Most writers are treating the $13 billion deal as the Wall Street absorption of financial technology. But it’s also the other way around. Brokers that have made their money through people are surrendering to the reality that people aren’t needed anymore.
The deal, which needs antitrust approval, comes with a $375 million break-up fee, which E*Trade would pay the bigger bank if it walks away. Morgan Stanley would owe the fintech name $525 million if it terminates the deal over antitrust concerns.
After quickly rising over 20% on the news, E*Trade opened Feb. 24 near $50 per share. Morgan Stanley dropped 4% on the news. The coronavirus from China is also weighing on the markets, as authorities in Italy and South Korea confirm infections.
No More Wall Street
The “trading floor” at the New York Stock Exchange has been a news set since 2012. Very little trading happens there. Floor traders participate in initial public offerings and help with big imbalances but trading itself is computerized.
The result is that technology is eliminating jobs on Wall Street just as it is everywhere else. It’s not just traders and brokers who are hitting the bricks. Automation could eliminate 1.3 million financial jobs this decade.
But simply automating isn’t a solution. Discount brokers, too, must keep up with technology trends that are constantly lowering costs. Trading is switching from mainframes and PCs to clouds and apps.
For E*Trade, the Morgan Stanley deal is a way to get out from under a price war that began when Robinhood, a fintech startup, launched its zero-fee stock trading app in 2014. Five years later, it completed a funding round that valued it at $7.6 billion.
Robinhood’s IPO is now one of the most anticipated deals of 2020. But reporters are also asking how Robinhood will keep down churn, making the site “sticky” with social features so it can grow into its valuation.
Discount brokers, who began appearing in the 1970s after the U.S. Securities and Exchange Commission deregulated agent fees, now face enormous costs in moving to new platforms. To get that money they’re creating scale through mergers. The E*Trade deal comes just two months after Charles Schwab (NYSE:SCHW) said it will pay $26 billion in stock for TD Ameritrade (NASDAQ:AMTD).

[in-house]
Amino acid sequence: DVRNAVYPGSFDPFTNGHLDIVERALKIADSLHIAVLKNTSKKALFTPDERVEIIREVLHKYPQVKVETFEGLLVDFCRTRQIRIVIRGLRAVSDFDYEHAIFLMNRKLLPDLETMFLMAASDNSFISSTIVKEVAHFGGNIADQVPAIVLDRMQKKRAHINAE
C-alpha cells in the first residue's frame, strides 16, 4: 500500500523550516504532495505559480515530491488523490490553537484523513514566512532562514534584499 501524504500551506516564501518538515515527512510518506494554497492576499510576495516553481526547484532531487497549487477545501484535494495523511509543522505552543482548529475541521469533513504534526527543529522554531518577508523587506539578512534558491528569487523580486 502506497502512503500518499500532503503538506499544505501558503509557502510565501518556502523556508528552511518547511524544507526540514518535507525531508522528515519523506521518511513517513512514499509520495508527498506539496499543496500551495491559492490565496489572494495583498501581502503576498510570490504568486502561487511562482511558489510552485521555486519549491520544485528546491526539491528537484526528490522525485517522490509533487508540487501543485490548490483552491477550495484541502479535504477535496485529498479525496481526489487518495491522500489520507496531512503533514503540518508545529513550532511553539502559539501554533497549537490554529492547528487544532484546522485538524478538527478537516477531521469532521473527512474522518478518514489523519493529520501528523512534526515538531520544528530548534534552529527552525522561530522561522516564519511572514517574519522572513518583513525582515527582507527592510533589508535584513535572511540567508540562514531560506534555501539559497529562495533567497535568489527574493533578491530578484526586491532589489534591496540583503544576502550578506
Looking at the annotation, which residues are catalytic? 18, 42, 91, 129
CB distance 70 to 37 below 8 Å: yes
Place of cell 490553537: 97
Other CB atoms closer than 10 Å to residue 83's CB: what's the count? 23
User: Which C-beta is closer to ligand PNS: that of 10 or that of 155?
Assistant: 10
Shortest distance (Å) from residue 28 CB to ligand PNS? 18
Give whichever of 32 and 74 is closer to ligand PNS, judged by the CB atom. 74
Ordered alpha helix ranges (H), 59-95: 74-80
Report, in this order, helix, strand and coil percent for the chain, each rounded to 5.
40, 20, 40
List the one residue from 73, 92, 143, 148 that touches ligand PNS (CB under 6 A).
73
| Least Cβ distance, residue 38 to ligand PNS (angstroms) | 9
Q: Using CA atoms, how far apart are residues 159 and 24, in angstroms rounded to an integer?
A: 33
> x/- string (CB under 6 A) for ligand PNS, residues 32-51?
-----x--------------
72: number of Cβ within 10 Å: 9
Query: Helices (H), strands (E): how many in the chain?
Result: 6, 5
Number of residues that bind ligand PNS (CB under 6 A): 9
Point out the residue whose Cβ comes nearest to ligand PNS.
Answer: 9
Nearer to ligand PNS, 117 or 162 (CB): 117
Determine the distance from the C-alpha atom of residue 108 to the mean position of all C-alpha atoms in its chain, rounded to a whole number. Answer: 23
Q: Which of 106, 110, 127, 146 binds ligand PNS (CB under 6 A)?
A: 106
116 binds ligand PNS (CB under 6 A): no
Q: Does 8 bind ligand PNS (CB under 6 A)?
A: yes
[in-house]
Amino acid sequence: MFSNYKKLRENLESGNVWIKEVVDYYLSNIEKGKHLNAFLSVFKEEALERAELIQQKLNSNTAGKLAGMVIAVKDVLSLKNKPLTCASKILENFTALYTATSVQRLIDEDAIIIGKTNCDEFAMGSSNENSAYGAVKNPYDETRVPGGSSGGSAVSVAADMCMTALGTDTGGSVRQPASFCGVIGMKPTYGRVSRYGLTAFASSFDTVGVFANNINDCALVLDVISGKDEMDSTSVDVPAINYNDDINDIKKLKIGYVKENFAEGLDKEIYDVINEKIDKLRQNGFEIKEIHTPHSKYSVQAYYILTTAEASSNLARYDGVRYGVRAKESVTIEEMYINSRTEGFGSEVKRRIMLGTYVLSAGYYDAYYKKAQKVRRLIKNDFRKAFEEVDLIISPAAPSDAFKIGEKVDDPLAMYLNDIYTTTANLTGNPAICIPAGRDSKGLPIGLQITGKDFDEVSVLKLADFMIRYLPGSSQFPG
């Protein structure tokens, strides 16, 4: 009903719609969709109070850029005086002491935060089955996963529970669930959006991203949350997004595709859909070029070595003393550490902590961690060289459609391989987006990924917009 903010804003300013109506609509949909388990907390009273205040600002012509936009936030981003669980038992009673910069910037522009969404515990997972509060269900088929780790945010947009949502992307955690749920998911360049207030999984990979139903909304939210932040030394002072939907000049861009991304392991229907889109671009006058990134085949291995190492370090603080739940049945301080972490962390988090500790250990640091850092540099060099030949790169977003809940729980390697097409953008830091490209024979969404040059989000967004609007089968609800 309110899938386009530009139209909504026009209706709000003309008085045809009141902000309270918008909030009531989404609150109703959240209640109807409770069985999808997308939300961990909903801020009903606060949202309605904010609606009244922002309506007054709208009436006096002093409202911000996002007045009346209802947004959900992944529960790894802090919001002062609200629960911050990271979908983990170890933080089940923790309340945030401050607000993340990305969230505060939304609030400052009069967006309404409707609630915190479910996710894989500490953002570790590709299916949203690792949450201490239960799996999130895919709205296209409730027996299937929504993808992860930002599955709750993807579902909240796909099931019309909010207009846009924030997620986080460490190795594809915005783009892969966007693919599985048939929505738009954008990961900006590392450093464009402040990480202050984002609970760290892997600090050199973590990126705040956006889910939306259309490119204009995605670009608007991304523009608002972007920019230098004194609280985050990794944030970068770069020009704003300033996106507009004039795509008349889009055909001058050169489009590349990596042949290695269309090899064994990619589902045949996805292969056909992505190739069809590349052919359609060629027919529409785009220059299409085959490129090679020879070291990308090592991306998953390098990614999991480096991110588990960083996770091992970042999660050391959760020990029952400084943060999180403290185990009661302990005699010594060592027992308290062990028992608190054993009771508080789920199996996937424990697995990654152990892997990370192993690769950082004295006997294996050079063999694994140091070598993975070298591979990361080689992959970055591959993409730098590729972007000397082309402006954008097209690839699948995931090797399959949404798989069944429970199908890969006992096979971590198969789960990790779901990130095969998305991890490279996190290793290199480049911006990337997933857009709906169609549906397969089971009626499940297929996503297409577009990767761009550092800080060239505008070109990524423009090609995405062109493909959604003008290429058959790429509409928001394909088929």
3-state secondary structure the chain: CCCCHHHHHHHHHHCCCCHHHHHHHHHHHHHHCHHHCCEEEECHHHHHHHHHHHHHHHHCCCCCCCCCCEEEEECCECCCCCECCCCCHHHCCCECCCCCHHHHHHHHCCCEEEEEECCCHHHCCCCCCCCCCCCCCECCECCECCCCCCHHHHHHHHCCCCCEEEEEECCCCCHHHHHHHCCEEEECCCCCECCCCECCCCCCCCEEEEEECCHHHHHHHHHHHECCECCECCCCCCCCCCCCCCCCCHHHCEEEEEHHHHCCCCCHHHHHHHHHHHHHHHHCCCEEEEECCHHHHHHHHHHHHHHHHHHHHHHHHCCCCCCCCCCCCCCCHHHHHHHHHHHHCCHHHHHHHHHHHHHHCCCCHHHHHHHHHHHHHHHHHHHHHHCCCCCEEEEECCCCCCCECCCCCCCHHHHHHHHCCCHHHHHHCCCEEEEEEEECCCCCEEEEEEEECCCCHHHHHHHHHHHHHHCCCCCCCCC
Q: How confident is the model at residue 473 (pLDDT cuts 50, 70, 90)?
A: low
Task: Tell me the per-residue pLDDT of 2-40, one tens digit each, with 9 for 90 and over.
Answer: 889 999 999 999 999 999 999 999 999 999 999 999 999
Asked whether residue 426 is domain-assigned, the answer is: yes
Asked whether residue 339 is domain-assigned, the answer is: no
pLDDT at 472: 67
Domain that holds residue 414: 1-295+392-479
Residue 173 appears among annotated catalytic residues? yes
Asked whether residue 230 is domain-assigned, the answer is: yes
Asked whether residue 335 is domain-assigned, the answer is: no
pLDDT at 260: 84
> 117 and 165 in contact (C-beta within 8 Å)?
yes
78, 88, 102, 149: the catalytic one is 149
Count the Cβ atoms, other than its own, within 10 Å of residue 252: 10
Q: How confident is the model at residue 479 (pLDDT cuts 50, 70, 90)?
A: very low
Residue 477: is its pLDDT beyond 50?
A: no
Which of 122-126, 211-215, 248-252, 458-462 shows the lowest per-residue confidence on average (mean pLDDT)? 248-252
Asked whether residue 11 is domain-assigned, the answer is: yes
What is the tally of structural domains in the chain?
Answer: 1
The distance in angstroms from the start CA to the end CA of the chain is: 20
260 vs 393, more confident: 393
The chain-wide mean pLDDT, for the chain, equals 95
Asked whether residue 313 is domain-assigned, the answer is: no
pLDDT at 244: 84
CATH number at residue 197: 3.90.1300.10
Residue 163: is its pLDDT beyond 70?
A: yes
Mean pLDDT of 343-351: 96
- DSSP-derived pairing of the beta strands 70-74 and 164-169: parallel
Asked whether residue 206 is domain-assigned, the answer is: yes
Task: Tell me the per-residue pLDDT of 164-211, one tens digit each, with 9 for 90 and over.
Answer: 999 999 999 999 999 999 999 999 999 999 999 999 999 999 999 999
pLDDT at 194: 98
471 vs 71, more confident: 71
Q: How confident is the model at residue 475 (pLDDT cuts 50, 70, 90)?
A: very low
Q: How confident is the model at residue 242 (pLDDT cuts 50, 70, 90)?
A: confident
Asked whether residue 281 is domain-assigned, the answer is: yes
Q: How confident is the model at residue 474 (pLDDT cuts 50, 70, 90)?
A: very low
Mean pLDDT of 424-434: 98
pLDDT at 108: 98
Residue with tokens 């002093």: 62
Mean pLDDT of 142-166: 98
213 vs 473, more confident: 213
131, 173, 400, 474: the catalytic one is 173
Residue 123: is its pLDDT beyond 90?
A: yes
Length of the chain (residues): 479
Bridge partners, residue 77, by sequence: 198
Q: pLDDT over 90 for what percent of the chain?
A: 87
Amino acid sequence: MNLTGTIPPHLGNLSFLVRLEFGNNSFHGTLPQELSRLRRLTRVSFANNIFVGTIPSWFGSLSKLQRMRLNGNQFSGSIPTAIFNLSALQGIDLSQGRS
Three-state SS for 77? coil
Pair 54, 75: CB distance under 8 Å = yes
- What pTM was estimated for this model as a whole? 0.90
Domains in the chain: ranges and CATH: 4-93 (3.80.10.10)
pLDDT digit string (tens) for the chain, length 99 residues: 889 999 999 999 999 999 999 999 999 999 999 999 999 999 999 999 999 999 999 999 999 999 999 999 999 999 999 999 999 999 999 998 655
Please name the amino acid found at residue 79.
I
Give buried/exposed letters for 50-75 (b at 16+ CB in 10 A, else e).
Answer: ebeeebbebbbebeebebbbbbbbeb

Money Meets Programmers
For banks and brokers, dealing with fintech means disgorging billions to buy deal flow and programmers. While E*Trade is behind Robinhood in automation, Morgan Stanley is still paying almost 4.5 times revenue for it. The Schwab-Ameritrade deal comes in at about 4.9 times revenue.
The financial press is writing gleefully how deals like this are the “death knell” for discount brokers. But it’s really the other way around. People with a financial background are being replaced by programmers and their software.
The trend has been going on for decades and has only accelerated in the cloud era. Even smaller companies like eToro, Trading 212 and Betterment are now coming after Robinhood. If Morgan Stanley can’t keep costs down, it could find itself buying air with its E*Trade purchase, as young traders move to cheaper platforms.
The Bottom Line on MS Stock
E*Trade is offering Morgan Stanley a lifeline into the fintech world, but Morgan Stanley is also offering E*Trade a lifeline.
As the cost of moving money continues its march toward zero, banks and brokers become tech companies. The assets of Morgan Stanley will shield E*Trade from the costs of its own evolution. The E*Trade deal will bring Morgan Stanley closer to the customers it needs to survive.
Survival is at stake, and the fintech war has just begun.
Dana Blankenhorn has been a financial and technology journalist since 1978. His latest book is Technology’s Big Bang: Yesterday, Today and Tomorrow with Moore’s Law, essays on technology available at the Amazon Kindle store. Follow him on Twitter at @danablankenhorn. As of this writing he owned shares in SCHW.